Tuesday, August 16, 2011

All-Natural Homemade Laundry Powder Detergent

DIY Homemade Laundry Soap

A big thank you to my dear friend, and Super Mom, Nance, for introducing our gang of mommy friends to the wonders of homemade laundry soap!

Now, why would anybody want to make their own laundry detergent, when every grocery store, drug store, big box store, and even the corner convenience store carry the ready-made stuff?  First, it's frugal!  I finally have the HE (high-efficiency), front-loading washing machine that I was salivating over for years, and I love that it uses so little soap per load.  Still, that soap doesn't come cheap.  Whereas some detergents can run upwards of twenty cents a load, homemade laundry soap works out to mere pennies. 

Our go-to brand of all-natural powder detergent does list all of its ingredients, but many popular brands do not.  Just like cooking your own meals at home, making your own laundry detergent also means you know exactly what went into it. [Note: please don't eat your soap.]

Many of our friends have family members with sensitivities to perfumes and chemical additives.  This is definitely one way to get around those issues.  Avoiding those nasty chemicals also means that they're not being released into the environment, every time you do a load of wash.  Basic ingredients go into this recipe, which works out better for everyone.

This is also going to be one of the simplest DIY projects you could do.  A quick detour down the laundry aisle at my grocery store was all it took to locate a box of borax, and washing soda (not to be confused with baking soda).  Please don't try to substitute baking soda for washing soda; it's a totally different animal.  Besides, both boxes were a mere couple of dollars each.  For the final ingredient: choose one bar of your favorite soap (preferably petroleum-free, like castile, glycerine, coconut-based, or olive-oil based like what I used).  That's it!  Here's how I assembled my stash of homemade laundry powder, in about 20 minutes, while standing in the kitchen, catching up on HGTV:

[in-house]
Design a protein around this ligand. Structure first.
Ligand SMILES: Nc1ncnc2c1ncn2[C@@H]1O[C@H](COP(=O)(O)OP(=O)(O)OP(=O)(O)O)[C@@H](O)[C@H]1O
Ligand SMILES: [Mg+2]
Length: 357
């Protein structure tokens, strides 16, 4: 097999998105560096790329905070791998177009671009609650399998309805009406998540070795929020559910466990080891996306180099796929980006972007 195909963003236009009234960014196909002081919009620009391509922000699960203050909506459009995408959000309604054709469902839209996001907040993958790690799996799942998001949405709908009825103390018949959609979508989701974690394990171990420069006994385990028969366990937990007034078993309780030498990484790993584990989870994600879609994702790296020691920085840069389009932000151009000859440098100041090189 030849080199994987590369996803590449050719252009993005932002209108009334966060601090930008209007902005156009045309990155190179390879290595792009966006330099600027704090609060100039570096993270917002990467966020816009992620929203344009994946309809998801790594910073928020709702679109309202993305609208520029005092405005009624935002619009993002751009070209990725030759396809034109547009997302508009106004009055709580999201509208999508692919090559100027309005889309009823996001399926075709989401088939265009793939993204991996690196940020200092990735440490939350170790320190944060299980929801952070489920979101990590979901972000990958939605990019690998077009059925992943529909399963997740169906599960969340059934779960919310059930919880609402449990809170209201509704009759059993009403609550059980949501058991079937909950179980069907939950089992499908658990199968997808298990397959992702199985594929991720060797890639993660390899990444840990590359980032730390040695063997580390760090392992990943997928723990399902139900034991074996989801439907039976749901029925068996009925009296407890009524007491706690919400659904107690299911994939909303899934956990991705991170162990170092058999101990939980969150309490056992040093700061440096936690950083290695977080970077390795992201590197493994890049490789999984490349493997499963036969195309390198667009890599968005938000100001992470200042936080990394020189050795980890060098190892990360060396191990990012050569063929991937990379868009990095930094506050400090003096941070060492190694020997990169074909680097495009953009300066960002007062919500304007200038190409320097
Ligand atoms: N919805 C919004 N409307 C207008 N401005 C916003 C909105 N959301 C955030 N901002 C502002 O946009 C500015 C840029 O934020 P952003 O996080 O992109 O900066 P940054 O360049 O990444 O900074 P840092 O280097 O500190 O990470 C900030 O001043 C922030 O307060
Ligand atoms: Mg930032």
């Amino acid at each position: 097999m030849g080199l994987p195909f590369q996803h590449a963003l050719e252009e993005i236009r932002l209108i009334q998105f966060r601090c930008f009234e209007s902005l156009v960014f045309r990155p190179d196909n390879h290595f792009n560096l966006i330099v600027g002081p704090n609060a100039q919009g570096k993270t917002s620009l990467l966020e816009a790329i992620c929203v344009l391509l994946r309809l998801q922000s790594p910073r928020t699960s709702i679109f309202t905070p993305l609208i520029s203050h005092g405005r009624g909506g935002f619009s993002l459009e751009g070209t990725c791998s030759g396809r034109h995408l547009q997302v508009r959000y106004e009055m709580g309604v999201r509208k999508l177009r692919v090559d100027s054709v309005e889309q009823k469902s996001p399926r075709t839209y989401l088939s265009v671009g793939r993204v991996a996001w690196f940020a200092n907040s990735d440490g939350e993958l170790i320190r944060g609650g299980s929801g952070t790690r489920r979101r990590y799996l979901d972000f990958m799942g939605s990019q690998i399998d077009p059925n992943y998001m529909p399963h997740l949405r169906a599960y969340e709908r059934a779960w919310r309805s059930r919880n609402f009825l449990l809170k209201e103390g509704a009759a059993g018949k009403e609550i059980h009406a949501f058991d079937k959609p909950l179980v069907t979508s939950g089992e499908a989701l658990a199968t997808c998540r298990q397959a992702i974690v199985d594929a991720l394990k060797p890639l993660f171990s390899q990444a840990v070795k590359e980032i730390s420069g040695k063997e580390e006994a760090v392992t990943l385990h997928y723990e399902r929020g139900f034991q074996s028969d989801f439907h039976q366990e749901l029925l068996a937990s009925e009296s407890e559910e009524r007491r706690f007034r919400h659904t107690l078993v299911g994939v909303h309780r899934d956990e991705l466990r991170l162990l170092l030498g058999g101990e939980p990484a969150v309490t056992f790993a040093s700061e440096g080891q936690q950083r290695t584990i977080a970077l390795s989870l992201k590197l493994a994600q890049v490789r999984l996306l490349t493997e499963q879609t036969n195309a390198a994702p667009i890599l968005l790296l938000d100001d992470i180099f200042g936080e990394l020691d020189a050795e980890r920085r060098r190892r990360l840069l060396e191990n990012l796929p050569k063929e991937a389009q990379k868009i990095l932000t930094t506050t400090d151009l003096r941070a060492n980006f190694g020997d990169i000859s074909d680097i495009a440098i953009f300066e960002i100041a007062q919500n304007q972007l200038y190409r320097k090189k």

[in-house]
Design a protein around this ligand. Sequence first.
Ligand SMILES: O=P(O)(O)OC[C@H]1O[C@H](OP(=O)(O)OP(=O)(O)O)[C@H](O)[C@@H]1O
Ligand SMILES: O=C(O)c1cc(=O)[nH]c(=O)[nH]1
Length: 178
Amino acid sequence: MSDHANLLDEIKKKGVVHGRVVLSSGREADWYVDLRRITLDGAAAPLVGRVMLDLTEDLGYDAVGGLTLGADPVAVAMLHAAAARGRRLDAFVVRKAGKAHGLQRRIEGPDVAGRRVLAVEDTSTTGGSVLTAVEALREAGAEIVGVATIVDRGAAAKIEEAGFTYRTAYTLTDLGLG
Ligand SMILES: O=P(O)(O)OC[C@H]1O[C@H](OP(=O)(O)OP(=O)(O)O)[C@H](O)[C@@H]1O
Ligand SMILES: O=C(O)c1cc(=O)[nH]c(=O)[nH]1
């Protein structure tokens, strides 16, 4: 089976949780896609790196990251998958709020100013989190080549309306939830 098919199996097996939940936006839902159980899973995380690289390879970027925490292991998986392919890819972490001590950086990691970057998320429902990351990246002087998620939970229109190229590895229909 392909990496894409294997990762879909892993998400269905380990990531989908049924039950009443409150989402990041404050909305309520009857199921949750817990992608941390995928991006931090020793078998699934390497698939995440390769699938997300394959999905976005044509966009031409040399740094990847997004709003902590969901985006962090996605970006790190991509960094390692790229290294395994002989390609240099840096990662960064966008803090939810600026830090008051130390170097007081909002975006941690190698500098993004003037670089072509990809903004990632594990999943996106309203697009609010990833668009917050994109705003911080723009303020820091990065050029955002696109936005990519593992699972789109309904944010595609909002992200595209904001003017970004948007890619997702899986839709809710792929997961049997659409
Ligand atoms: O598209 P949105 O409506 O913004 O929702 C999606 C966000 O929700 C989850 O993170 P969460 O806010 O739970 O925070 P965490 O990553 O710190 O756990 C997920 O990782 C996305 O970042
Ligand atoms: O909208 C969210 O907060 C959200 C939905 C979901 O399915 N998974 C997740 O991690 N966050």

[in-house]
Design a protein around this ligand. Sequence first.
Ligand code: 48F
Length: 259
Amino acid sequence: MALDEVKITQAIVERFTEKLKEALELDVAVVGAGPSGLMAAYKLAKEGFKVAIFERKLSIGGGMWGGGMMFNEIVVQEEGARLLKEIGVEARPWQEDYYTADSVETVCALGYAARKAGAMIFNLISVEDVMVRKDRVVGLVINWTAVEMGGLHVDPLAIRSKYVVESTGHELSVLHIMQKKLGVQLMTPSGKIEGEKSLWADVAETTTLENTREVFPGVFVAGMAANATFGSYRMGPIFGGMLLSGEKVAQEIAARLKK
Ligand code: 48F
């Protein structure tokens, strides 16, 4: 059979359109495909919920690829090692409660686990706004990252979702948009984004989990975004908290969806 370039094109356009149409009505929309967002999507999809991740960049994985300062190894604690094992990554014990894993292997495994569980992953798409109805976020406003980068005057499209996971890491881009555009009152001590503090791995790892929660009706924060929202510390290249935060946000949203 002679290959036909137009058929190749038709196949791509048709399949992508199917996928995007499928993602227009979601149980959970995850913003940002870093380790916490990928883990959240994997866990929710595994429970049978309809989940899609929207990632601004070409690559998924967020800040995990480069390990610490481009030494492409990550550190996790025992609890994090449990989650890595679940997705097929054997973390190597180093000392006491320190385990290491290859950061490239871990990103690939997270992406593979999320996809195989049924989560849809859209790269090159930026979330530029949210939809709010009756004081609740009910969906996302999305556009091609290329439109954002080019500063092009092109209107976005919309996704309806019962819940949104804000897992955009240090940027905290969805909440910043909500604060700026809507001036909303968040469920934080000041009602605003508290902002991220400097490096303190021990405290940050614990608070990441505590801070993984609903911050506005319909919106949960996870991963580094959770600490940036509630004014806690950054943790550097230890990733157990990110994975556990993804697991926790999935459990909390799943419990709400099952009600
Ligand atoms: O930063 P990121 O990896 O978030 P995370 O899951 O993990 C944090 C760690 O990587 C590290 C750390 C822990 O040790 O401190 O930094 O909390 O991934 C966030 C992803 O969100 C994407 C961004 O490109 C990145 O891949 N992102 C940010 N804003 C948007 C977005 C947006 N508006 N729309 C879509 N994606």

Box grater with non-slip base
Flexible, non-slip cutting board
Mixing bowl
Mixing spoon
1-cup measure
Storage container with tight-fitting lid
An old 1-oz. plastic scoop
*optional - food processor

1 bar of soap
1 cup of borax
1 cup of washing soda

Place the box grater on top of your flexible cutting board, and grate the entire bar of soap (finer is better).  Use the flexible cutting board to pour the grated soap flakes into your mixing bowl as you go.

After grating, if your soap flakes are still a bit large, you may optionally pulse them in your food processor.

Add the borax and washing soda to the soap flakes in the mixing bowl, and blend thoroughly.

Store in lidded container, and use 0.5 oz (1 tbsp) per load.

We have a quilt that we keep on our bed, for the sole purpose of keeping the rest of the bedding clean, from our beloved cats (and sometimes the dogs) who think we don't know that they steal up there to nap when we're not around.  That quilt was the Level 5 test subject for this newly-minted batch of soap.  It passed with flying colors!  I have another friend to thank, Jill, for reminding me to use a bit of plain, white vinegar in place of fabric softener.  Even with no dryer sheet, the quilt came out fresher, cleaner, and softer than ever!  No lingering vinegar smell; I promise! :)

Thank you, ladies, for your fabulous, eco-frugal laundry tips!

Happy wash day :)



  1. Thanks for this!! I made this two weeks ago and so far so good!!

    What do you use on stains? Do you have a homemade DIY recipe? I haven't washed anything with big stains yet.

    I have an older washing machine where I pour the detergent directly over the water once I start it. Do I add the vinegar in the beginning or later in the cycle?

    Any help would be great, thanks!

  2. Hi Courtney!

    Glad to hear you gave this stuff a shot :)

    As for stains, I'll sometimes add a tablespoon of some kind of oxygen bleach powder (Oxi-Clean, Oxo-Brite, or our latest brand, GrabGreen). That seems to do the trick.

    No problem with using an older machine. Just add the vinegar at the beginning of the last rinse cycle, just as you would with a regular fabric softner.

    Happy Washing :)


  3. Also, quick update:

    The last batch I made, I did entirely in the food processor; using the grating disc to tackle the bar of soap. That saved a lot of time, and prevented a lot of soap flakes from flying up my nose. Definitely the way to go, from now on.

    Off to start Batch #3 :)

  4. I've got the first load of laundry from my first batch in the washing machine now... I decided to "dr." mine a bit by adding 2 cups of oxyclean to the mix because my children are messy and it's hard to remind my husband to pre-treat, so I figured this may help with the stains a bit.